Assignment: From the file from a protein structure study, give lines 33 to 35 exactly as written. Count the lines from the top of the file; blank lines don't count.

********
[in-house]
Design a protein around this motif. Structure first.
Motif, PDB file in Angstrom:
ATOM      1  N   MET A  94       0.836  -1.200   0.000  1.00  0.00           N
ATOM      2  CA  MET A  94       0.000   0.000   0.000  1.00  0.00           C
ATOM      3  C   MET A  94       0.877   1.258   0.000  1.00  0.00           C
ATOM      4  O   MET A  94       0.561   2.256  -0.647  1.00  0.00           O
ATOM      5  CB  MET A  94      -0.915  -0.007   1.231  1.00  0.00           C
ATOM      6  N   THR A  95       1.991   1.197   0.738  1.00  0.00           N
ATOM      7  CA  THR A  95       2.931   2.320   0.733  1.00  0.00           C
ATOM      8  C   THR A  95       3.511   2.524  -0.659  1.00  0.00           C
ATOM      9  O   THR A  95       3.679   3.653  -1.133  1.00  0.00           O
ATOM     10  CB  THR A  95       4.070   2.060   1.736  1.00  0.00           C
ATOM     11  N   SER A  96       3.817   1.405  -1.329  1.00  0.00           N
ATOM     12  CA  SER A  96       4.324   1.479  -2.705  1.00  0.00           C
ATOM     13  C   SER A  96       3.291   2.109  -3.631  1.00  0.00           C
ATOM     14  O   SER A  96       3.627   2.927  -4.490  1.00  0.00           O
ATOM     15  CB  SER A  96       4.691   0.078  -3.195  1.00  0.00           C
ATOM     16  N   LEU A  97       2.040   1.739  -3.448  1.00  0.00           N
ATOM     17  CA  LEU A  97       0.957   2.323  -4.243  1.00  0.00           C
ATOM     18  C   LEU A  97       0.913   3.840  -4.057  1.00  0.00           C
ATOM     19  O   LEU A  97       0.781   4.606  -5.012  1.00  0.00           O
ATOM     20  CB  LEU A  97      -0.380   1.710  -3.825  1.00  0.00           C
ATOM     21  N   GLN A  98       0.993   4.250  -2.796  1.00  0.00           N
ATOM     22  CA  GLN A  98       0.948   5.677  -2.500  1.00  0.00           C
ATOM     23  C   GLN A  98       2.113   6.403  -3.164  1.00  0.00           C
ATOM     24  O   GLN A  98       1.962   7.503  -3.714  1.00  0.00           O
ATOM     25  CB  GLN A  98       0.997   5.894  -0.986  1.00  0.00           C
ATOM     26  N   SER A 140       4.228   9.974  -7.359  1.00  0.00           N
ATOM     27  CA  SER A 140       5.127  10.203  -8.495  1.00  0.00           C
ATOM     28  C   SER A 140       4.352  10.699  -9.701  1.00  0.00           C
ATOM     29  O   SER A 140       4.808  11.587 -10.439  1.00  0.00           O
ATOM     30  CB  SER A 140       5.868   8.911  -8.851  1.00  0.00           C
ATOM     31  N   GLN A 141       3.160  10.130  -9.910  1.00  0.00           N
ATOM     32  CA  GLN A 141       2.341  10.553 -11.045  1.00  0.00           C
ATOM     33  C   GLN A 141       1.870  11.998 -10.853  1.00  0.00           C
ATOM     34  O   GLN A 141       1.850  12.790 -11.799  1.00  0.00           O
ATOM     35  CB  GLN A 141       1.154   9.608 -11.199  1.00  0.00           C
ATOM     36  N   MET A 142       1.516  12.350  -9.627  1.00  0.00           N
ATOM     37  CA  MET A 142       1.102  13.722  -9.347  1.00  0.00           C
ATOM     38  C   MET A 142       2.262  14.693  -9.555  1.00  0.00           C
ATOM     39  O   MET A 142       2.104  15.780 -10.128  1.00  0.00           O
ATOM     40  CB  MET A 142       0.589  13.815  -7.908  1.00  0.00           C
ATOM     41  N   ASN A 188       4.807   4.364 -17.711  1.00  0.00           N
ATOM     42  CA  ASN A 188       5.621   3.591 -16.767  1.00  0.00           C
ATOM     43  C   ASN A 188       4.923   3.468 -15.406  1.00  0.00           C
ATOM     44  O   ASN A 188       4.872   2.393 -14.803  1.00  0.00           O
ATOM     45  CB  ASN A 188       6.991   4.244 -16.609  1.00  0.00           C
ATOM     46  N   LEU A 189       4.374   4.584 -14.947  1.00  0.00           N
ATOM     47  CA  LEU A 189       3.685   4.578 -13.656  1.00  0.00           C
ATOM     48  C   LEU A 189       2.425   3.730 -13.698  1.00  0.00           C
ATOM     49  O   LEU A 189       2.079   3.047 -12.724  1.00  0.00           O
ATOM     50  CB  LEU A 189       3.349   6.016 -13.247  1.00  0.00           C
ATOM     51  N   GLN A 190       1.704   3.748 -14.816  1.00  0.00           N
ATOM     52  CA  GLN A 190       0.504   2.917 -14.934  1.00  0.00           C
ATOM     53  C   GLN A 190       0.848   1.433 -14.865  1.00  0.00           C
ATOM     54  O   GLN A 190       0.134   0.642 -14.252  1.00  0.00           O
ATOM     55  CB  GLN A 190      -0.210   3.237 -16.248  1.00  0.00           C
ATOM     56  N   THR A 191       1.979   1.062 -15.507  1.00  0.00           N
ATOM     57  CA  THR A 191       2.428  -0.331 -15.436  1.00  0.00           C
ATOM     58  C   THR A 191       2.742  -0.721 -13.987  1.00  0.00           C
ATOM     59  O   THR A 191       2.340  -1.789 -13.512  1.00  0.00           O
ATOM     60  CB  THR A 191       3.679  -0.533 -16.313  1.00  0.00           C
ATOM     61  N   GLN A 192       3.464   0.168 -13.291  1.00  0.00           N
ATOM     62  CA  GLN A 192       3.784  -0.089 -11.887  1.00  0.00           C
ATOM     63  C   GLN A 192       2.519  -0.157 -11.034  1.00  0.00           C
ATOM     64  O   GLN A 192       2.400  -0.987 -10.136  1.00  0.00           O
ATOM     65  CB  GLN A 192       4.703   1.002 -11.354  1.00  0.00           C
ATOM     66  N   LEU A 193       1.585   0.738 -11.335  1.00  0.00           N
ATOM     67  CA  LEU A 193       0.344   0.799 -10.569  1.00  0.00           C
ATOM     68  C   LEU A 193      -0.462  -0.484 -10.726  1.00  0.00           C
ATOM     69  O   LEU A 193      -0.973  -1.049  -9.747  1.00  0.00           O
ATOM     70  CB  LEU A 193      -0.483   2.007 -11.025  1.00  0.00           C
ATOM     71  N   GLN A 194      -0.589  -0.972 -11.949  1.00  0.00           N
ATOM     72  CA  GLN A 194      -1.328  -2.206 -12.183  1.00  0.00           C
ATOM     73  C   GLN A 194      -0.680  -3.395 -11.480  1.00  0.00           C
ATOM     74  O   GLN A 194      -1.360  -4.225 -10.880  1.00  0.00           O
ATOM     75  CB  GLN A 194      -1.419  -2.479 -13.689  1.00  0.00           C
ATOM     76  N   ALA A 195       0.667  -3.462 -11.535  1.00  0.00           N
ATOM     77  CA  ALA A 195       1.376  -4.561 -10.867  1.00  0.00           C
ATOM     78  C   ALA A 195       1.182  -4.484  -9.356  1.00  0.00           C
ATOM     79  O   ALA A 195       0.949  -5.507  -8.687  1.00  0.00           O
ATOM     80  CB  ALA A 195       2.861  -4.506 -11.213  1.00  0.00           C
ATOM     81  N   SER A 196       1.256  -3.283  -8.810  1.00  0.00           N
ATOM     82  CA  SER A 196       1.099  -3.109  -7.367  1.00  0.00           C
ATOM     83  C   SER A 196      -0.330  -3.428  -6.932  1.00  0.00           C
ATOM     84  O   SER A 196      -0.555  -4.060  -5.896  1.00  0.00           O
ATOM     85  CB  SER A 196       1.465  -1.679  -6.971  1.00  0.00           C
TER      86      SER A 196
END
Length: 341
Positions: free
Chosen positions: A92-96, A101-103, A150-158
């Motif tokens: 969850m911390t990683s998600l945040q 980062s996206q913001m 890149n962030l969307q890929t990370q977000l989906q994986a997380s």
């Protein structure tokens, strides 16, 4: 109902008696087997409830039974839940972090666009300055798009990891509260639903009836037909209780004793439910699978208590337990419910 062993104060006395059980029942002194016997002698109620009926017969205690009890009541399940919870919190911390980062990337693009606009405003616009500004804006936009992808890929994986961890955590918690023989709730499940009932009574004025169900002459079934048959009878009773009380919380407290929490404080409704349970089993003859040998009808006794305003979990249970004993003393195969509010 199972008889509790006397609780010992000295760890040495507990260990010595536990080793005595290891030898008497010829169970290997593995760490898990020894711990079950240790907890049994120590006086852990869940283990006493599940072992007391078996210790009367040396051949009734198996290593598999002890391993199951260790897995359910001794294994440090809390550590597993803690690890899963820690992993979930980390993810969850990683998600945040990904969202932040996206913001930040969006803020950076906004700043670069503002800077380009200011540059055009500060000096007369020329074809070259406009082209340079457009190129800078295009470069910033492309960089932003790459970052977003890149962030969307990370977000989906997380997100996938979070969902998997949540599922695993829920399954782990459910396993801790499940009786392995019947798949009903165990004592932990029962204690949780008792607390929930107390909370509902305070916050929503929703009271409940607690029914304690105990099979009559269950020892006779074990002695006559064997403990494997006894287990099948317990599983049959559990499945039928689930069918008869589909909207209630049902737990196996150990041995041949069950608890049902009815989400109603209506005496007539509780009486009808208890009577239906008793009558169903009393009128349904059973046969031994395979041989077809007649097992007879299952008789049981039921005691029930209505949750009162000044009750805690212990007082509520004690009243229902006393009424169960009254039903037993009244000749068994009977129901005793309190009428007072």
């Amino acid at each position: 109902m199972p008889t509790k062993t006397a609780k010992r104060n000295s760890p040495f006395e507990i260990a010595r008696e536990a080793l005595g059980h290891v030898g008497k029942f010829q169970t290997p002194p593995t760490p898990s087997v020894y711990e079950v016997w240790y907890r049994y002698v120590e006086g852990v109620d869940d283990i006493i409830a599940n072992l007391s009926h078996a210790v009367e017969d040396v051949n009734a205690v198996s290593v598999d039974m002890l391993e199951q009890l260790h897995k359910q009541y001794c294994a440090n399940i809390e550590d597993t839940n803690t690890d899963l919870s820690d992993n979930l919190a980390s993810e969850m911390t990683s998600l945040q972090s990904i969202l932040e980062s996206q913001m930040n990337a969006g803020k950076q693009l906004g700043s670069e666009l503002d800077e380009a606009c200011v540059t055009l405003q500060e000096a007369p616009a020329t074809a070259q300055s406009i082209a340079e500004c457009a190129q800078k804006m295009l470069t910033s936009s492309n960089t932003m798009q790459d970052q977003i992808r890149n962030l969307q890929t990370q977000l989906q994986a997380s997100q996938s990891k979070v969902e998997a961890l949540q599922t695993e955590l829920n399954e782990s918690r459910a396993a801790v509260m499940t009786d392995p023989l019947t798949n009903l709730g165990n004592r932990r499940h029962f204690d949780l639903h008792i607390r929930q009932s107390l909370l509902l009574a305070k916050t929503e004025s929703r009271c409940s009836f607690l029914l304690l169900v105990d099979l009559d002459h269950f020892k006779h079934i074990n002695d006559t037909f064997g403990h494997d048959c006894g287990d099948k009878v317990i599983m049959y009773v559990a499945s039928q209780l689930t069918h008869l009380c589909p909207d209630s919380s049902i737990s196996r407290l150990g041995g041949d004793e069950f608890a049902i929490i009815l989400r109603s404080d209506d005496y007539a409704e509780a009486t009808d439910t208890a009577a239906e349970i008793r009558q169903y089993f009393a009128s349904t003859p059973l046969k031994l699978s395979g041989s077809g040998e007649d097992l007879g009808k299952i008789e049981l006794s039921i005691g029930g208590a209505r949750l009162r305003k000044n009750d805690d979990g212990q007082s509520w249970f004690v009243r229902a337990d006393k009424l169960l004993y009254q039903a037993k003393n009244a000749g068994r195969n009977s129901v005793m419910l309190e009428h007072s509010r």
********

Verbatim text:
ATOM     30  CB  SER A 140       5.868   8.911  -8.851  1.00  0.00           C
ATOM     31  N   GLN A 141       3.160  10.130  -9.910  1.00  0.00           N
ATOM     32  CA  GLN A 141       2.341  10.553 -11.045  1.00  0.00           C